Was the mighty Imperial government really too incompetent to prevent a handful of untrained nerf-herders from destroying one of their most prized assets?
How I remember seeing the first Star Wars film when it was released in 1977. The graphics were fantastic for the time, the good guys were squeaky clean, and you had no trouble spotting the bad guys like Darth Vader.
Of course, there were slight weaknesses in the story line. Take the climax, for example, where Luke Skywalker – a pilot with no formal training – manages to fly his space fighter like an expert, avoid enemy ships, and he still manages to shoot his missile into a two-meter wide exhaust port. Remember that, prior to this, Luke's only claim to fame was his ability to "bullseye womprats on Tatooine." According to one pilot, the killing shot would be "impossible, even for a computer." Despite this, Luke actually turned off his targeting computer when firing the shot that destroyed the Death Star.
I must admit that I was uneasy about some aspects of the story but, to my shame, I really didn't take the time to delve further. Well, I was just introduced to a website that really poses some Pointed Questions. As the author says:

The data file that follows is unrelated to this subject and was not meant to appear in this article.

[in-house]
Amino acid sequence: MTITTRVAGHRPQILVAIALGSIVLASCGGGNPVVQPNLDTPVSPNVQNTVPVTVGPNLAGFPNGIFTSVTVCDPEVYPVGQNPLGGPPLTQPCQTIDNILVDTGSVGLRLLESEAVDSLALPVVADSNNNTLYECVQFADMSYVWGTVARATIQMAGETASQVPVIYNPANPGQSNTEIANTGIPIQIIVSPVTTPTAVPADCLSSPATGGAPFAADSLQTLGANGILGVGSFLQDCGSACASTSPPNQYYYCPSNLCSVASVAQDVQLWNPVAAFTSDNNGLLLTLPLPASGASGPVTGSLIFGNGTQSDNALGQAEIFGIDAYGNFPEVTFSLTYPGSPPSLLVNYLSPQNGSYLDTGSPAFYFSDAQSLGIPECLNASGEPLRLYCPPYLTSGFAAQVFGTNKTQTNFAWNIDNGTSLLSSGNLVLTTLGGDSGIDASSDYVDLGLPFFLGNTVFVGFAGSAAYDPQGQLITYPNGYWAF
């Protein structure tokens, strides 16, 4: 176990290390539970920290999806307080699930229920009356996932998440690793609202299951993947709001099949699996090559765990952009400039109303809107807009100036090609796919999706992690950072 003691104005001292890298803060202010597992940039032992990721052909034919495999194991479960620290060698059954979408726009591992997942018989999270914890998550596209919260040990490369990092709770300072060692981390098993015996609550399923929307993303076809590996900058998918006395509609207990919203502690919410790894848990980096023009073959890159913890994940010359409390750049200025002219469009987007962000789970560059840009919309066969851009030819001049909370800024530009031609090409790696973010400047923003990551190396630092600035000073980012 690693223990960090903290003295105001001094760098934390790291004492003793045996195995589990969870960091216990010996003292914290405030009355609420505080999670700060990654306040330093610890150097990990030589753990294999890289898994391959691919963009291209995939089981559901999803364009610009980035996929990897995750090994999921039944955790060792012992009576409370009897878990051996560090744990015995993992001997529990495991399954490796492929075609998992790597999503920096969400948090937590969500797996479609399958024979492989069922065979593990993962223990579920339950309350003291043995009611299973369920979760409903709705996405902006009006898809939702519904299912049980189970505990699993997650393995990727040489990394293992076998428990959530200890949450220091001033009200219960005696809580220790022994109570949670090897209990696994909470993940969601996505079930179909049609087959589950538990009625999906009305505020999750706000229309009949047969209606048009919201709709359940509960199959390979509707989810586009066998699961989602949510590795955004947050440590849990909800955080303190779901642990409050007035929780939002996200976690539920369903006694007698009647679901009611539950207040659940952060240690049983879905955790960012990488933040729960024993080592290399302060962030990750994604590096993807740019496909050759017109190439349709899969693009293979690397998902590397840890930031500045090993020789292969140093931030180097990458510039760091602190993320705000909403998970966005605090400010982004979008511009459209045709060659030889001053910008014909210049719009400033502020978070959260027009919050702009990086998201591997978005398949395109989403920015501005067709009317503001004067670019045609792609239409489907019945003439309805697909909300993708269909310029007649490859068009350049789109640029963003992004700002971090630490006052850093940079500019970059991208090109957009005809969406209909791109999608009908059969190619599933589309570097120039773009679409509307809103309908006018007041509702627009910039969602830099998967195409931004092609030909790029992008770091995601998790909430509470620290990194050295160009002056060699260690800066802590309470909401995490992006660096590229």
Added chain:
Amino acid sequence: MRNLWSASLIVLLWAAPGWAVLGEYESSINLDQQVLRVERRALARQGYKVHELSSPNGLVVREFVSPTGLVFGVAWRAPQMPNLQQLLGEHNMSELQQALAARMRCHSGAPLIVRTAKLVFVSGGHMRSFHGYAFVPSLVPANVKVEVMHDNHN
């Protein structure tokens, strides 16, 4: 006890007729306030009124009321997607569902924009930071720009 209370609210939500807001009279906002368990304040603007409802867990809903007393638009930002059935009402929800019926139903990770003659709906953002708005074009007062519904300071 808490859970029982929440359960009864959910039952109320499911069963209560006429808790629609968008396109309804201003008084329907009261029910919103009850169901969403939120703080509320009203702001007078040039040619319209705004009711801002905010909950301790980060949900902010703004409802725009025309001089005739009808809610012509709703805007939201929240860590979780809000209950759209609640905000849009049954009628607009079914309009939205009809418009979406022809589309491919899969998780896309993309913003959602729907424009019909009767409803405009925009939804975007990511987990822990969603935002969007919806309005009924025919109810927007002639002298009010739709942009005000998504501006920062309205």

Presented here are some of the results of my soul-searching regarding this painful event. Like many citizens, I have many questions that I would like answered: was the mighty Imperial government really too incompetent to prevent a handful of untrained nerf-herders from destroying one of their most prized assets? Or are they hiding something from us? Who was really behind the attack? Why did they want the Death Star destroyed? No matter what the answers, we have a problem.
This is really very clever . . . you should take a moment to check it out . . . I wish I had written it!
Questions? Comments? Feel free to email me – Clive "Max" Maxfield – at firstname.lastname@example.org). And, of course, if you haven't already done so, don't forget to Sign Up for our weekly Programmable Logic DesignLine Newsletter.